Because we have been taught to believe in happy endings, it’s easy for young people to view racism as a problem that will inevitably be solved or perhaps already has been. In the history books, racial progress for African Americans occurs on a comforting positive slope, evolving from slavery to Jim Crow discrimination to the post-civil-rights era of equality under the law. And in our own lifetimes, we reached a new racial milestone when Barack Obama became the U.S.’s first black President, thanks in large part to a groundswell of support from young voters of all races.
What the history books miss is that change rarely happens in an orderly fashion. There are fits and starts. There are retrenchments. There are debates. Change has to occur not only on the macro level, in soaring proclamations by Presidents and civic leaders, but also on the micro level, through a shift in the thinking of everyday people. And big racial progress is always met with a measure of resistance–some of it passive, some of it active, some of it horrifically violent.
That is what happened in Charleston, S.C., last month. And it isn’t going to stop just because an older generation passes away. Dylann Roof, the racist accused of murdering nine black people in a church, was only 21. While he doesn’t reflect the attitude of most young people, it’s now our collective responsibility to address the societal issues that allow such hate to flourish.
We millennials like to see ourselves as progressive or postracial. But that may actually make it harder for us to have much needed discussions about race. In a 2014 survey by MTV, 91% of people ages 14 to 24 said they believed in racial equality and 72% said their generation believed in equality more than older Americans did. But only 37% of the respondents were raised in households that talked about race, and just 20% said they felt comfortable talking about biases against specific groups.
This is the crux of the problem. Many young people take “not seeing race” as a badge of honor that proves their progressivism and absolves them from engaging in discussions on the topic–even as racial rancor continues to play out in our streets, on social media and now even in our churches.
Thinking of yourself as color-blind can make it harder to see that America is a country riddled with systemic racial inequalities and that many are becoming more pronounced, not less. White households are now 13 times as wealthy as black ones, the largest gap since 1989. Blacks are 2½ times as likely as whites to be arrested for drug possession, even though about the same percentage of blacks and whites use drugs. And despite the promise of equal education enshrined 60 years ago by Brown v. Board of Education, more than a third of black students in the South now attend schools that are almost fully minority and are often doubly segregated by poverty. The challenges these kids face are virtually invisible to their white peers.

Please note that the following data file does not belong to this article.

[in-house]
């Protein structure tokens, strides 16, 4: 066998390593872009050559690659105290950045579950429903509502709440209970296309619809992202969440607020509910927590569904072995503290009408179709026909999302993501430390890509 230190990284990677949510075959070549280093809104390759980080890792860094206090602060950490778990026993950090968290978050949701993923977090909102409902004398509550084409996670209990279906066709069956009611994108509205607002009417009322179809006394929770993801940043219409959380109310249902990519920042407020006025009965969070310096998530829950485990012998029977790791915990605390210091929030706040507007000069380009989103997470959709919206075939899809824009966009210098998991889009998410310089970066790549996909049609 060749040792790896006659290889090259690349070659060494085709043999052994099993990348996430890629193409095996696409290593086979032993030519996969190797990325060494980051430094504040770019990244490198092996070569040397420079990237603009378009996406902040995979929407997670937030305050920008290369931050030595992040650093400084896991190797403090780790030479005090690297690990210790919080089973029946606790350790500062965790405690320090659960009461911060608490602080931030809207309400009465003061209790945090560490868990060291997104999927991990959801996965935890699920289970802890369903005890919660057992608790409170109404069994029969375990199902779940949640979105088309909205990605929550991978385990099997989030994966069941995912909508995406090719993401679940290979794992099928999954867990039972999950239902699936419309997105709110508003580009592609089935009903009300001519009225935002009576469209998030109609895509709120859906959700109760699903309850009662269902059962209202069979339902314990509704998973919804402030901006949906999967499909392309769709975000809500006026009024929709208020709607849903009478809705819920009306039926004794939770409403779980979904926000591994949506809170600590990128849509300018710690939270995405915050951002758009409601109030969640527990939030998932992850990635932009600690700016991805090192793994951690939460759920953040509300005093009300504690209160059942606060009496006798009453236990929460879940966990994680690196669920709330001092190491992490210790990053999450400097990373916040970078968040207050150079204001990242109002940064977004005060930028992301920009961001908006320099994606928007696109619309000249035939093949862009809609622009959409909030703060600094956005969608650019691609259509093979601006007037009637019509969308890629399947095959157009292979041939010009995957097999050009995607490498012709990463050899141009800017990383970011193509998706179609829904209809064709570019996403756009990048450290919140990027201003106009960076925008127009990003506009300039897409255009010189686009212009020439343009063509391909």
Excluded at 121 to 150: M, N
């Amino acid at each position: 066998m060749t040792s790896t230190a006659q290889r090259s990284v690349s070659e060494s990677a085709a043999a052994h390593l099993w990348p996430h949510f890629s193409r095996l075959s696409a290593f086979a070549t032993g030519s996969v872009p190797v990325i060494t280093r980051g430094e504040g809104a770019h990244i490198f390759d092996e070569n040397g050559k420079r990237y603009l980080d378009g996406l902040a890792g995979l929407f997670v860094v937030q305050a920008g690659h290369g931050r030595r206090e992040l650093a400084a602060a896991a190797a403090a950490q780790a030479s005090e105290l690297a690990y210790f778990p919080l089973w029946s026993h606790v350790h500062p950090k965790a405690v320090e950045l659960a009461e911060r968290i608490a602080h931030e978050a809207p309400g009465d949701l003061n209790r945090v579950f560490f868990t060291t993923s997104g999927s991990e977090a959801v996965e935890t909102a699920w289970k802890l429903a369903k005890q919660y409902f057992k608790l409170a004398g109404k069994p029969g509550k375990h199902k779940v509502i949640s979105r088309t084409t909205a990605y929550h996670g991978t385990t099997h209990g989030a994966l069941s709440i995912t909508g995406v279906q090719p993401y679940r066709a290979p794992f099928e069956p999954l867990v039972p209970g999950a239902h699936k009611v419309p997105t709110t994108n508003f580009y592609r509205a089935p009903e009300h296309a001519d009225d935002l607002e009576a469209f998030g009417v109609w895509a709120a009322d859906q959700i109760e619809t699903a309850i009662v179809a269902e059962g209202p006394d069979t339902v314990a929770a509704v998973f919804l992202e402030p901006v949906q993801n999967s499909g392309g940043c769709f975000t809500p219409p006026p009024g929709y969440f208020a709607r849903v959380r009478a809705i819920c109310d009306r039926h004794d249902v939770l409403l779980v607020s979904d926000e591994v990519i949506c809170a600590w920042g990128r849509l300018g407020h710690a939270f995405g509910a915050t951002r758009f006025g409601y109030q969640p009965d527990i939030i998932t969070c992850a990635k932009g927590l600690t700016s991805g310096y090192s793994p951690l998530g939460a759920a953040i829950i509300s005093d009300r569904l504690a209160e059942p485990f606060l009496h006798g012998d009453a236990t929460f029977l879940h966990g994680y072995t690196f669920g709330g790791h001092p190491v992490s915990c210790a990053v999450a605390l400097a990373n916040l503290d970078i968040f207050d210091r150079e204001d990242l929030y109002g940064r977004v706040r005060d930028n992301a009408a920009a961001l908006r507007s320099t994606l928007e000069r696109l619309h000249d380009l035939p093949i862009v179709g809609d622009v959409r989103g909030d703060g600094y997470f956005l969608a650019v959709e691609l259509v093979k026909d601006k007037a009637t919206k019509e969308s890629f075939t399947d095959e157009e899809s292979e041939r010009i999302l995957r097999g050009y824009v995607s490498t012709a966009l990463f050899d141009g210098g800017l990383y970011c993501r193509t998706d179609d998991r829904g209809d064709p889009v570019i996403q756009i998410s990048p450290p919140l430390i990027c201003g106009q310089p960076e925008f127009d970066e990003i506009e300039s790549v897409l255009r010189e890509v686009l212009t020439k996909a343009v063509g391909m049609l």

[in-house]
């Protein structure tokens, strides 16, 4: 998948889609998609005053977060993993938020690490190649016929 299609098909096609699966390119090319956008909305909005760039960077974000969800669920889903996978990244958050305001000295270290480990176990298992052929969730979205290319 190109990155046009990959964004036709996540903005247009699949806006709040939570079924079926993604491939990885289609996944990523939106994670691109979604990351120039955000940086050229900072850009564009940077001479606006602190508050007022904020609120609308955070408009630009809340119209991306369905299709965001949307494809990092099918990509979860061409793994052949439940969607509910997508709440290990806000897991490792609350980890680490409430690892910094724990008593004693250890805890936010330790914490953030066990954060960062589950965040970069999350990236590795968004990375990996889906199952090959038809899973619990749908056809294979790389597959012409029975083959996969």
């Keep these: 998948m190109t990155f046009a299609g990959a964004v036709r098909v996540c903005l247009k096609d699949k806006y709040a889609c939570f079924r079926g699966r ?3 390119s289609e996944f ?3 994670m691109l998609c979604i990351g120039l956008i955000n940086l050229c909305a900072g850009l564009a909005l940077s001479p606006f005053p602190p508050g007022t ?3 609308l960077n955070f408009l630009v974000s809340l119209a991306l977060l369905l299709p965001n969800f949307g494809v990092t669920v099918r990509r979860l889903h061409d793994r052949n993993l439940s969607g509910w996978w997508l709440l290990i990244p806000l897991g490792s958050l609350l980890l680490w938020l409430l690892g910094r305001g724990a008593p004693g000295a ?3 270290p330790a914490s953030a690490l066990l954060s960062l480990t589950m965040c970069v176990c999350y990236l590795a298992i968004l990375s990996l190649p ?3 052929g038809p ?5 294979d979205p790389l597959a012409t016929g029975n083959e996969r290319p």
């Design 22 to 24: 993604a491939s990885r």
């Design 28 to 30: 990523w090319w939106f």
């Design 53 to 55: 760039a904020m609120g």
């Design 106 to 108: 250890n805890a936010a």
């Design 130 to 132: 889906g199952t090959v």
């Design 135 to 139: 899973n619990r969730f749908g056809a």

It’s not enough to remove the Confederate flag from our statehouses or to assume that change will come when the next generation of more-open minds rises to power. According to surveys conducted by NORC at the University of Chicago from 2010 to 2014, 31% of white millennials rated blacks lazier than whites, just 1 percentage point less than Gen X-ers and 4 points less than baby boomers. Twenty-three percent of white millennials rated blacks less intelligent than whites, compared with 19% of Gen X-ers. At the same time, the litany of racist incidents at college campuses shows that outright racial cruelty is still far too common.
These aren’t problems my generation can afford to ignore. As of 2014, the majority of children under 5 in the U.S. are nonwhite. By 2043, the majority of Americans will be. There are obvious financial and political dangers for people who deny these demographic shifts–just ask Donald Trump, who stands to lose millions after calling Mexican immigrants “rapists.” But there’s a collective cost as well. A world where minorities lack the opportunities and protections that white people have will be a world of even higher incarceration rates, health care expenses and education inequality than the one we live in today. These economic penalties, in addition to the more obvious moral ones, will ultimately burden all of us, color-blind or not.
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This appears in the July 20, 2015 issue of TIME.